German chemical company Bayer (who have a terrible history, as we all know) are going to fork over a cool $66 billion in cash to buy one of the most evil corporations in America, Monsanto. The all-cash deal, the largest takeover ever by a German company and largest all-cash deal on record, will create a firm that has control over more than a quarter of the world’s seeds and pesticides.
(Let that fact sink in.)
Monsanto, infamous for GMOs and for being the world’s largest seller of seeds and Bayer, best known for its aspirin (although they also have a major pesticide division, as well as biotechnology, plastics, and health segments) have been in talks since early May (Bayer’s initial offer was $4 billion less than the deal they agreed on today).
Well, today’s deal- if it goes through- could be a total horror story; Bayer’s acquisition could lead to higher prices for farmers and be troublesome given that Europe is FAMOUSLY anti-GMO.
The proposed merger will surely face an intense and lengthy regulatory process in the US, Canada, Brazil, the European Union and elsewhere. In fact, to merge the companies will need to file in about 30 jurisdictions.
From the article:
“Competition authorities are likely to scrutinize the tie-up closely, and some of Bayer’s own shareholders have been highly critical of a takeover that they say risks overpaying and neglecting the company’s pharmaceutical business.
If the deal closes, it will create a company commanding more than a quarter of the combined world market for seeds and pesticides in the fast-consolidating farm supplies industry.”
But, should the deal not go through (because they don’t get regulatory clearance), the contract includes a $2-billion “break-up fee” that Bayer will pay to Monsanto- although Bayer expects to close by the end of 2017.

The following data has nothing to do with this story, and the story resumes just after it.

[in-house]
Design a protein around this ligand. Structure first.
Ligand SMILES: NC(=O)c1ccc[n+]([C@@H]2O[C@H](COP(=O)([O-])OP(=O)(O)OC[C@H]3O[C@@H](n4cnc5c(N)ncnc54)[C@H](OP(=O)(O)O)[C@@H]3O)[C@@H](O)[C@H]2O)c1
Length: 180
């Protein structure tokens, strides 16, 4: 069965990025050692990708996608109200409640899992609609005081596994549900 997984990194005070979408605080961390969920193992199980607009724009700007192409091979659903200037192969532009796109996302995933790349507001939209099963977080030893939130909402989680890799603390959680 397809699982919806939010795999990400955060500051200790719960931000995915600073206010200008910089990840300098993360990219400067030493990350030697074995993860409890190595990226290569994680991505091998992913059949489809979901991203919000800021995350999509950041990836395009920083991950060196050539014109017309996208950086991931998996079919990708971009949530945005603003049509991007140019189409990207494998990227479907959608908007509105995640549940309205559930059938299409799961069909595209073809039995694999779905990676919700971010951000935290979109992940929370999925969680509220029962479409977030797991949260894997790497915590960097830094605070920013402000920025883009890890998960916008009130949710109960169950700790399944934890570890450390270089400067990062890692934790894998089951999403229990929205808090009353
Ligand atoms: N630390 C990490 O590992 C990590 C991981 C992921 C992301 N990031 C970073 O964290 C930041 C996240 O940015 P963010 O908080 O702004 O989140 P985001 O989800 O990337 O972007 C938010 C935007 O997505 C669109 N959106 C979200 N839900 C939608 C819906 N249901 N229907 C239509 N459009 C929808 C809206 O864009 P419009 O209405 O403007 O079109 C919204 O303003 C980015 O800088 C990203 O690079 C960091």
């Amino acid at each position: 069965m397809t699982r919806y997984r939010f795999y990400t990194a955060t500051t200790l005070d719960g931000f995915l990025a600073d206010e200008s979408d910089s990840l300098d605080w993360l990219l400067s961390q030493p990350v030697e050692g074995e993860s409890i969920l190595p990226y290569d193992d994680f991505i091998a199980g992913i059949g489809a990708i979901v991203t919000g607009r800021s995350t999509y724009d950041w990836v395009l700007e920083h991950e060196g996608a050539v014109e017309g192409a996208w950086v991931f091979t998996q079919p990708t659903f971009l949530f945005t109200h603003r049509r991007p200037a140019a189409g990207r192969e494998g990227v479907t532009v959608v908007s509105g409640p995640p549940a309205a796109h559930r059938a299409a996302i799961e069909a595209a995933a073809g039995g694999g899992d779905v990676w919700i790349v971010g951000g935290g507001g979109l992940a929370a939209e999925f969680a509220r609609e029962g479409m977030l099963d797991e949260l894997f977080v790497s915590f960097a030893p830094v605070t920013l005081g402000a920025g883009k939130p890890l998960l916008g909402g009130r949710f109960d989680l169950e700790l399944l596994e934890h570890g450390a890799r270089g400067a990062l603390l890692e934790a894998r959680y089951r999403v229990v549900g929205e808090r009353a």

There’s just SO MUCH money involved in this deal, Reuters breaks it down for us:
- Research analyst Jacob Thrane said the German company was paying 16.1 times Monsanto’s forecast core earnings for 2017, more than the 15.5 times ChemChina agreed to pay for Swiss crop chemicals firm Syngenta last year.
- It plans to raise $19 billion to help fund the deal by issuing convertible bonds and new shares to its existing shareholders and said banks had also committed to providing $57 billion of bridge financing.
- Bayer shares were up 2.2 percent at 95.32 euros. Monsanto’s were up 0.8 percent at $106.89.
- Bayer said BofA Merrill Lynch, Credit Suisse, Goldman Sachs, HSBC and JP Morgan had committed to providing the bridge financing with BofA Merrill Lynch and Credit Suisse acting as lead financial advisers and Rothschild as an additional adviser (WHOA).
Insane. But not the first. While the German company is aiming to be a “one-stop shop” for seeds, crop chemicals, and computer-aided services to farmers, there have been other very recent agrochemical deals.
- Syngenta agreed to a takeover by China’s state-owned ChemChina.
- U.S. chemicals giants Dow Chemical and DuPont plan to merge and later spin off their respective seeds and crop chemicals operations into a major agribusiness.
- Canadian fertilizer producers Potash Corp of Saskatchewan Inc and Agrium Inc agreed to combine to navigate a severe industry slump, but the new company’s potential pricing power may attract tough regulatory scrutiny.
Again, this deal is “done” but not totally. There is still a lot of regulatory stuff that has to be done. We can hope this won’t go through but it seems inevitable.
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